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Developmental milestones are things most children can do by a certain age. Skills such as taking a first step, smiling for the first time, and waving “bye-bye” are called developmental milestones. Children reach milestones in how they play, learn, speak, act, and move. You see children reach milestones every day. Though all children develop at their own pace, most children reach developmental milestones at or about the same age.1


If you want to learn more about this topic, you can watch Rhiannon Joslin's lecture here:

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What should you look out for?

Reaching milestones at the typical ages shows a child is developing as expected. Not reaching milestones or reaching them much later than children the same age can be the earliest indication that a child may have a developmental delay.1 We also have to remember to consider, has a milestone regressed? So was a young person running around, hopping, jumping and then suddenly struggling to get off the floor? If so, that could be an indication of serious pathology, potentially some neurological condition like Duchenne muscular dystrophy or even juvenile idiopathic arthritis.

One more thing to be mindful of, is to consider, have these milestones met, and then regressed or equally, have they been delayed? So have you got a child who hasn’t learned how to sit and they’re a year old and never learned how to sit. These conditions potentially would be something more. It can be something genetic or something from birth history. 2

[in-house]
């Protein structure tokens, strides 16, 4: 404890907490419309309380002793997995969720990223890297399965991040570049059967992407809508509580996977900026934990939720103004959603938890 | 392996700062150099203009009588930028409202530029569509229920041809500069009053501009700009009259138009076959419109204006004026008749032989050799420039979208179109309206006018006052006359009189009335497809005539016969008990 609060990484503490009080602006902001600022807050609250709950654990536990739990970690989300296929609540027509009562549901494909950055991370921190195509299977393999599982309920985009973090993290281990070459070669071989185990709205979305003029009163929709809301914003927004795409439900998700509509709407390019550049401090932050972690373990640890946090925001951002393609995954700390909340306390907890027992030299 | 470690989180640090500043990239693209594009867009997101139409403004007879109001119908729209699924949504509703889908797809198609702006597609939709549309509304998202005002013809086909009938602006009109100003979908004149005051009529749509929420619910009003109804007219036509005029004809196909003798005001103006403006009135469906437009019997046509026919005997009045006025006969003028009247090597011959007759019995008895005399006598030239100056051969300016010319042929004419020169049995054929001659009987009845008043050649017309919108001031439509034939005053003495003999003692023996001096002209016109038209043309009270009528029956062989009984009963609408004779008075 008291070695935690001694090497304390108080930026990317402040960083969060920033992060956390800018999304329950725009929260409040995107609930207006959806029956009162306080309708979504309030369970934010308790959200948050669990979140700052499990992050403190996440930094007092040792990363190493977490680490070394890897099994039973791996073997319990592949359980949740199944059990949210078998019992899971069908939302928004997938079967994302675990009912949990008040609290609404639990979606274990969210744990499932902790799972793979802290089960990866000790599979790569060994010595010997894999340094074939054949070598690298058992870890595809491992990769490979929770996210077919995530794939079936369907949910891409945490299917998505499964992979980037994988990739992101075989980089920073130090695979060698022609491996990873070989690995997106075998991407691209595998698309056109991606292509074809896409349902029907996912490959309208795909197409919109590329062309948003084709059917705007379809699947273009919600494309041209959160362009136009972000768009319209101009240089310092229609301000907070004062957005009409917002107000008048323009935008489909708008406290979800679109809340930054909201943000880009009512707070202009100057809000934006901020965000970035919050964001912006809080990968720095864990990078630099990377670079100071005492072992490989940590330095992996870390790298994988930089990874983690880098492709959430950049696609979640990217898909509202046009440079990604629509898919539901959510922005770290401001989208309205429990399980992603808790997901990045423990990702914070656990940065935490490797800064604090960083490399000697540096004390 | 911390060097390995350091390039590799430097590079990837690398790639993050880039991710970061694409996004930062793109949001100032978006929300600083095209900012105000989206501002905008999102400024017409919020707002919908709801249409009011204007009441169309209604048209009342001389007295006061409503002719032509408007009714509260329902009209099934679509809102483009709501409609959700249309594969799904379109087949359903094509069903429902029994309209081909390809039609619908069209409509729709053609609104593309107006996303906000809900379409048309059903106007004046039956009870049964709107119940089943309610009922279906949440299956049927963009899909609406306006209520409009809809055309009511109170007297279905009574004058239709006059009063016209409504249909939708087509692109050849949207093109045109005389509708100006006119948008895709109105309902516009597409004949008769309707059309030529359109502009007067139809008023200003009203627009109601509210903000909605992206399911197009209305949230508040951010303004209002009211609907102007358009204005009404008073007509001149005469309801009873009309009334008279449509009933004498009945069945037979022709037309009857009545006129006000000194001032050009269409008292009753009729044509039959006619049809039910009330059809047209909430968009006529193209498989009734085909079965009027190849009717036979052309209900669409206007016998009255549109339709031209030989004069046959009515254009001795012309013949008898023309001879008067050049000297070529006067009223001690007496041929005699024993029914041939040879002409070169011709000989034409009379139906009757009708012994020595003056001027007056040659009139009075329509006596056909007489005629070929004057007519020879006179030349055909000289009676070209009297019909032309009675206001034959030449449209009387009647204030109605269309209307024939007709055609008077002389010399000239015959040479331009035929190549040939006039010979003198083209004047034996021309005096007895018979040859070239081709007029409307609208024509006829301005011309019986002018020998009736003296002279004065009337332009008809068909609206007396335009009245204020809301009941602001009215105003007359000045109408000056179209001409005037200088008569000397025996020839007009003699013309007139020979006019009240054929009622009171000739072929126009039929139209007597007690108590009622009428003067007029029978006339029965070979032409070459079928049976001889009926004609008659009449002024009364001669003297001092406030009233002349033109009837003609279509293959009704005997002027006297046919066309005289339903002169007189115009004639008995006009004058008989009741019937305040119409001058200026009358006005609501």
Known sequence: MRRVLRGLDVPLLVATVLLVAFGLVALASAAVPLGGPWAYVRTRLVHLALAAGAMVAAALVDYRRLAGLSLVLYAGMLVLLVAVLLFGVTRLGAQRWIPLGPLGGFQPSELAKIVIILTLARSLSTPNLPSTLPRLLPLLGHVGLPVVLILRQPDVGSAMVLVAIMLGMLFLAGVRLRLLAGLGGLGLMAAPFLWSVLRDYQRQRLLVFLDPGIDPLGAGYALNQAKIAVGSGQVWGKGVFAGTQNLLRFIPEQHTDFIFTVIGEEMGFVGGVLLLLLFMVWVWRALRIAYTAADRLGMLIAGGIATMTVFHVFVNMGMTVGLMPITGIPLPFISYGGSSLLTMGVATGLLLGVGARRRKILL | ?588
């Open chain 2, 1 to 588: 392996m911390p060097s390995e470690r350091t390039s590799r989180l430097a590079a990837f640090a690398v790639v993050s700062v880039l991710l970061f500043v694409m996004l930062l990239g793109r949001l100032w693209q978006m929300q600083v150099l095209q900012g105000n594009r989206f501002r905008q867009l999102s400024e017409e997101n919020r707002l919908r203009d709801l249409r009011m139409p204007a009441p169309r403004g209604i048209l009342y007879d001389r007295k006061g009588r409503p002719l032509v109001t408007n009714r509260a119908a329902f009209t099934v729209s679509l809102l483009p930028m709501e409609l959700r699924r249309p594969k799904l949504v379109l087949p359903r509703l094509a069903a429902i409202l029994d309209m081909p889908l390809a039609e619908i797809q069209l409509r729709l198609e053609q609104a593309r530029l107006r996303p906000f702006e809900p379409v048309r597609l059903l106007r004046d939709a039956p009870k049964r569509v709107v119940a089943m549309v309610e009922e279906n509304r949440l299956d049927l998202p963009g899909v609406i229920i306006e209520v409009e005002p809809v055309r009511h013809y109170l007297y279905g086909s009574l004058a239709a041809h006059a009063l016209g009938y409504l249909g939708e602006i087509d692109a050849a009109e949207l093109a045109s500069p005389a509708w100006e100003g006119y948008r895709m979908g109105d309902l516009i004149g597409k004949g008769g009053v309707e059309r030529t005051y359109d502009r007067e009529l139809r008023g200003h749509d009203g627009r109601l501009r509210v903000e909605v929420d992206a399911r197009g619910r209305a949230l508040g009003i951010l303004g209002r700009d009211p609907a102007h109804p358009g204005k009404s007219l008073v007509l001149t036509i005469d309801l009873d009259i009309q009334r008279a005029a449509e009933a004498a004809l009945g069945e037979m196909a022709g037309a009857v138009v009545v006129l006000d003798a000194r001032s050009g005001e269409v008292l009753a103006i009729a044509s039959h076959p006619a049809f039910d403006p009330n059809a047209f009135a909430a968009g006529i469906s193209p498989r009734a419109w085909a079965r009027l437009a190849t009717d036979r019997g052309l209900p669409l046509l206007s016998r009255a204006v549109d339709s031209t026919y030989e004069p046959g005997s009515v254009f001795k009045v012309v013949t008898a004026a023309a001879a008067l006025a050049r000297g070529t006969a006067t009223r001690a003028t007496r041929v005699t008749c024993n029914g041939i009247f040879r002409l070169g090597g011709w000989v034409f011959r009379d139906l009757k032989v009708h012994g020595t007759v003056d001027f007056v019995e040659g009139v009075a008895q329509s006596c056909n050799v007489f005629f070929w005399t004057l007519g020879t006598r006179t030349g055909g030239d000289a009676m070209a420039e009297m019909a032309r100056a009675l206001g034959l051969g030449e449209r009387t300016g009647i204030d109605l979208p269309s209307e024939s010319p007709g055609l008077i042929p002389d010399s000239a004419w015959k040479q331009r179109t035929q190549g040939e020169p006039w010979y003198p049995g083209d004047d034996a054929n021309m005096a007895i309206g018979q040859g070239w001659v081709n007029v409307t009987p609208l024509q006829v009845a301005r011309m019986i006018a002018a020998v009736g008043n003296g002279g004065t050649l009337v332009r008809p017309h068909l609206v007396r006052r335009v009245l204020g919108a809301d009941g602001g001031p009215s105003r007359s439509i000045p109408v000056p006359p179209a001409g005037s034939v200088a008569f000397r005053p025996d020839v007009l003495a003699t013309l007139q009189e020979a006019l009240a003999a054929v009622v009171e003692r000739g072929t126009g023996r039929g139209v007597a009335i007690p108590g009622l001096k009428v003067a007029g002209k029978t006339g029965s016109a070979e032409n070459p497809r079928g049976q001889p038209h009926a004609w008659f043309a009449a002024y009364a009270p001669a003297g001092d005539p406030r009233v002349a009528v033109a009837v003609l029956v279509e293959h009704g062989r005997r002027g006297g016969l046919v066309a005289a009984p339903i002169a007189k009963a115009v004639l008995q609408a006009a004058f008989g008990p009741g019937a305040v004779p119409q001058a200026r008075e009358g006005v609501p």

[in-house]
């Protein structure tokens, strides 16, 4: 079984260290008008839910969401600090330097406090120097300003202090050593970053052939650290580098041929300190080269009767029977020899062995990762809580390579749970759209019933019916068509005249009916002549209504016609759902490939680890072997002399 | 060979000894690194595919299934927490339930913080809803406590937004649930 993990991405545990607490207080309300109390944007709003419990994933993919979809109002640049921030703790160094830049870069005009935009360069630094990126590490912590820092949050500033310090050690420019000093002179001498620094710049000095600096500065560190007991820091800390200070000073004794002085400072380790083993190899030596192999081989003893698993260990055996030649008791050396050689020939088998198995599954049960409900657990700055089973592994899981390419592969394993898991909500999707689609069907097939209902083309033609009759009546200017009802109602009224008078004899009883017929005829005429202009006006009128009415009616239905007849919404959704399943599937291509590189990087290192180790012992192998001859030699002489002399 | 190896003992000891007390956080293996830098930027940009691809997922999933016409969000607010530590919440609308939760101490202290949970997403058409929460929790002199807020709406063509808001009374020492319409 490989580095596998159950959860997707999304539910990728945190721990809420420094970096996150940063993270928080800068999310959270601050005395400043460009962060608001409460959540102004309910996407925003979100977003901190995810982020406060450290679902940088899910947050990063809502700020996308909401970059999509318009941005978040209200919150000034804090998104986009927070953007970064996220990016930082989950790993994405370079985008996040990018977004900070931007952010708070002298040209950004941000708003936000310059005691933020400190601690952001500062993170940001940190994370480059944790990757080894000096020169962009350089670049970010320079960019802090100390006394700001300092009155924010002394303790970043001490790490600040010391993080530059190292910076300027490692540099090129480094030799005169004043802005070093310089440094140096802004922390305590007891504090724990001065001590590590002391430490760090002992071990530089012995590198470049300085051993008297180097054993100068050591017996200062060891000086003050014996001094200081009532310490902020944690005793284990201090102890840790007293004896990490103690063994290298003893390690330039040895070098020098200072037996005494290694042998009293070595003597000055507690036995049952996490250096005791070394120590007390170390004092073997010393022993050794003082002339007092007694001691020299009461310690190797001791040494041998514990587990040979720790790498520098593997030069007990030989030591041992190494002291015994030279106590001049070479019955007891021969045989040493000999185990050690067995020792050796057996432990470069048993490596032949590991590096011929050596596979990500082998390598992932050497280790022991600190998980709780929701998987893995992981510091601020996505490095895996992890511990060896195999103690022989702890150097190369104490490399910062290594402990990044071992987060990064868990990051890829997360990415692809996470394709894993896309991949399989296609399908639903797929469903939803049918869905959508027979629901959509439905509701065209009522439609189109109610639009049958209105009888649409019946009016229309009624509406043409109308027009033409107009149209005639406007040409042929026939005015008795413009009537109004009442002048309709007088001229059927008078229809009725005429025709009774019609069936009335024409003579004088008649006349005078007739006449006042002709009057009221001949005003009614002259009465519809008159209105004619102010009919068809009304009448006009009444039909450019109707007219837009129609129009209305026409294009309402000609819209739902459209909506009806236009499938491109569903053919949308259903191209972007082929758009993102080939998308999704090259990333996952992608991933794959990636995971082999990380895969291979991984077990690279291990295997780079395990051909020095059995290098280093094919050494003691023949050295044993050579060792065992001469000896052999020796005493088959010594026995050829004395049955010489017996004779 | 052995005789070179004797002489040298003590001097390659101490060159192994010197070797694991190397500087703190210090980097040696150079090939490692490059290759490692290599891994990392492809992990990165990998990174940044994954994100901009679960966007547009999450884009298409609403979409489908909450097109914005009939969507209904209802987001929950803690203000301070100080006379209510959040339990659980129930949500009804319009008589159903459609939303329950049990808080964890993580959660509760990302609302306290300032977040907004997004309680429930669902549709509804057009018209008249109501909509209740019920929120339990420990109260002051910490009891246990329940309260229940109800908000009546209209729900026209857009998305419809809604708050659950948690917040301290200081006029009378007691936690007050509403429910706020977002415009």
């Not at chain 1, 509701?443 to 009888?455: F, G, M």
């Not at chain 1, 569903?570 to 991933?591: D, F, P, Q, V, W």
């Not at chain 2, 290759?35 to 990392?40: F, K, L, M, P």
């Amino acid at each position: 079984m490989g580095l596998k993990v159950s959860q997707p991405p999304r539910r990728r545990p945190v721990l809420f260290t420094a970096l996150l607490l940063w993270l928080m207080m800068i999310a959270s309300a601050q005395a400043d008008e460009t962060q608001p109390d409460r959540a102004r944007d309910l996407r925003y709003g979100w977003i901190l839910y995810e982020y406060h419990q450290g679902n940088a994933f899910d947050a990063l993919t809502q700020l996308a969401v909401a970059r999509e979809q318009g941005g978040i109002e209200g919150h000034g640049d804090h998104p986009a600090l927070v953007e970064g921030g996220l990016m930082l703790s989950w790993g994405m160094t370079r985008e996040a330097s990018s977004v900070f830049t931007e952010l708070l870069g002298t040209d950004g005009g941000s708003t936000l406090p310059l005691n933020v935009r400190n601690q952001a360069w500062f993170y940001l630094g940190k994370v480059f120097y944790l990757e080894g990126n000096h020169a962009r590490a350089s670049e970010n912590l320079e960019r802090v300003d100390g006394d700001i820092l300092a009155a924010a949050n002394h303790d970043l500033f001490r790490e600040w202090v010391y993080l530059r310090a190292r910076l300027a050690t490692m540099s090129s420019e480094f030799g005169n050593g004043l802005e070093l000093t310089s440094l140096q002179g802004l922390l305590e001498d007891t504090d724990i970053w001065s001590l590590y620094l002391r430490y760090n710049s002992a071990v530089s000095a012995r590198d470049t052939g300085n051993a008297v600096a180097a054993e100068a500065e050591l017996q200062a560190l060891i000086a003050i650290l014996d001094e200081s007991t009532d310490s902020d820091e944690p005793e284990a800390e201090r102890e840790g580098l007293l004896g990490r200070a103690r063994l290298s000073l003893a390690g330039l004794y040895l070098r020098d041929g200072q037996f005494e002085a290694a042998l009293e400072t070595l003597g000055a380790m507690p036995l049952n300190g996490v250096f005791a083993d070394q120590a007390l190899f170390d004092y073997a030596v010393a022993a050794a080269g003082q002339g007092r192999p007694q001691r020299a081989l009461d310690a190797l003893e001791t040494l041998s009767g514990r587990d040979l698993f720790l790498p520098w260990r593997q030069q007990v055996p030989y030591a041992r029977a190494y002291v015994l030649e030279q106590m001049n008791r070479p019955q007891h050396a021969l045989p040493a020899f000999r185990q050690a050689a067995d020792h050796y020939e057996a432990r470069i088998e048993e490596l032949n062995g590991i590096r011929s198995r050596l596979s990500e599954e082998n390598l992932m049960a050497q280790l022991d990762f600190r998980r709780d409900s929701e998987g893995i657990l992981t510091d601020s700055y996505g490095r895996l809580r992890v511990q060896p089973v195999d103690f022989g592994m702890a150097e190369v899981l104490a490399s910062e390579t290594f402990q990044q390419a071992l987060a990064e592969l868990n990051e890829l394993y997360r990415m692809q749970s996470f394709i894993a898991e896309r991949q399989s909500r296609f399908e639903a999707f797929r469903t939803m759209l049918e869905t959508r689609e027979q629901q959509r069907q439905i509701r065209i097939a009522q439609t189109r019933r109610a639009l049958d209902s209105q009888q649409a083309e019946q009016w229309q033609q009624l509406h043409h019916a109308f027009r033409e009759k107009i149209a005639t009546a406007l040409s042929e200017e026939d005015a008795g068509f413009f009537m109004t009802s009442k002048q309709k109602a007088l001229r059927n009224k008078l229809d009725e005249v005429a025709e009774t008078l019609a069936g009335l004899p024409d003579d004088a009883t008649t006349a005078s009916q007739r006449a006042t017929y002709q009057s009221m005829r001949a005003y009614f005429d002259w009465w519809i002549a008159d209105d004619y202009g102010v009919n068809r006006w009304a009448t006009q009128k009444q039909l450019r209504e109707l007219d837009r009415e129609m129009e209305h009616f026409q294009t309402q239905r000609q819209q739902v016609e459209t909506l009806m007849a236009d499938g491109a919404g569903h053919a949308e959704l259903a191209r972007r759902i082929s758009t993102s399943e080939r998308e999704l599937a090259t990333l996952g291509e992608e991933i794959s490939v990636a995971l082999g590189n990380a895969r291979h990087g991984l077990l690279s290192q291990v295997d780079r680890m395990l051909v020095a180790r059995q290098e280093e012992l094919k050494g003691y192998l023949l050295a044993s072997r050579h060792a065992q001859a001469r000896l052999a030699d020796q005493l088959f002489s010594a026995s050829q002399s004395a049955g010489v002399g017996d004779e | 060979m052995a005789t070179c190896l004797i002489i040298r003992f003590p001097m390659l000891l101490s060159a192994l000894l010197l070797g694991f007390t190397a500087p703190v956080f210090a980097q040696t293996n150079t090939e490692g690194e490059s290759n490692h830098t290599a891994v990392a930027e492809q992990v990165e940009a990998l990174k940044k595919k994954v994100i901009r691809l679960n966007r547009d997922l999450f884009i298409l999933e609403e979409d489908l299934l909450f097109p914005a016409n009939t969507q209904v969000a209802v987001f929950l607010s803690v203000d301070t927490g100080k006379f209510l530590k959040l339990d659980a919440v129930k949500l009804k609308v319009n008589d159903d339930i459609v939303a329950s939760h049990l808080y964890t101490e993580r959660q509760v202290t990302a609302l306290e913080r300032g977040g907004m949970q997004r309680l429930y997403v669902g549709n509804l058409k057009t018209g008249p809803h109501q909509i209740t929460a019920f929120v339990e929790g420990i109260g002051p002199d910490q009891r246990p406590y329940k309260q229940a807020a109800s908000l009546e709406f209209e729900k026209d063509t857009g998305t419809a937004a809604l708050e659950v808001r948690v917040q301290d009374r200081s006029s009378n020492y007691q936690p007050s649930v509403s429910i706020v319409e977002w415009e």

Regression during puberty 

Regarding periods, which are sort of a late stage marker, what we have to see is, has the girl started the period and they have been regular and then stopped i.e a secondary amenorrhea. 
Or is there no signs of puberty yet and they are over 13 or 15 years of age, in this case it is delayed. In case of regression it can be a chronic disease like Crohn’s or that they’ve got an eating disorder, or it might be something like a Relative energy deficiency syndrome.2

Do not use pain as a marker!

De Martino in 2019, looked at spinal cord malignancy in under three year olds and despite all presentations having a motor regression, all of them, only 59% of them complained of pain. Apart from this, often in juvenile idiopathic arthritis or aspects like that, a child will regress in their motor milestones, but not necessarily complain of pain. Therefore, it’s really important in children not to use pain as the marker.2

The following are some of the common milestones children may reach in the age groups from 5 to 15 year old:

Motor milestones 

5  year olds
Jump rope
Walk backward
Balance on one foot for at least 5 seconds
Use scissors
Begin learning how to tie shoes
Draw a triangle and diamond
Draw a person with six body parts
Know address and phone number
Recognize and recite the alphabet
Write first name
Start to help with chores around the house
Start to lose their baby teeth 2

6-7 year olds
Enjoy many activities and stays busy
Like to paint and draw